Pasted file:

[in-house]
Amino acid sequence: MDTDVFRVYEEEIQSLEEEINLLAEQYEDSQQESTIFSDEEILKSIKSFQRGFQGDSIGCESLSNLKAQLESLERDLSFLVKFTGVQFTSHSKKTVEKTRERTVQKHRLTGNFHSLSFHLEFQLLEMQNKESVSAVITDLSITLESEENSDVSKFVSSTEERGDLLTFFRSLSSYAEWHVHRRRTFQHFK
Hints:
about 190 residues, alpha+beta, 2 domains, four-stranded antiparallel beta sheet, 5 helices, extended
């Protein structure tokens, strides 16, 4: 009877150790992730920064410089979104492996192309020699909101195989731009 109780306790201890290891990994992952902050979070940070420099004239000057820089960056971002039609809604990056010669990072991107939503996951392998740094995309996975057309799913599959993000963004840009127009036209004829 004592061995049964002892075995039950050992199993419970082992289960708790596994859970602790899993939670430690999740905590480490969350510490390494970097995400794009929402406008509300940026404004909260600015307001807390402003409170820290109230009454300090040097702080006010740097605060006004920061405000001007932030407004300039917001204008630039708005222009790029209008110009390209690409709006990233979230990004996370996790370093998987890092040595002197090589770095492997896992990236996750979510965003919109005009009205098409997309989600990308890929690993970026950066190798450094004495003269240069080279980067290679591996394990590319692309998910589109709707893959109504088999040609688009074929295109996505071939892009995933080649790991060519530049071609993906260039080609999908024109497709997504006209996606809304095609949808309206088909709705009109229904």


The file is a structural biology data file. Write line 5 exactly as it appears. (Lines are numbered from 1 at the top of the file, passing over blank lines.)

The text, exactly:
């Protein structure tokens, strides 16, 4: 009877150790992730920064410089979104492996192309020699909101195989731009 109780306790201890290891990994992952902050979070940070420099004239000057820089960056971002039609809604990056010669990072991107939503996951392998740094995309996975057309799913599959993000963004840009127009036209004829 004592061995049964002892075995039950050992199993419970082992289960708790596994859970602790899993939670430690999740905590480490969350510490390494970097995400794009929402406008509300940026404004909260600015307001807390402003409170820290109230009454300090040097702080006010740097605060006004920061405000001007932030407004300039917001204008630039708005222009790029209008110009390209690409709006990233979230990004996370996790370093998987890092040595002197090589770095492997896992990236996750979510965003919109005009009205098409997309989600990308890929690993970026950066190798450094004495003269240069080279980067290679591996394990590319692309998910589109709707893959109504088999040609688009074929295109996505071939892009995933080649790991060519530049071609993906260039080609999908024109497709997504006209996606809304095609949808309206088909709705009109229904």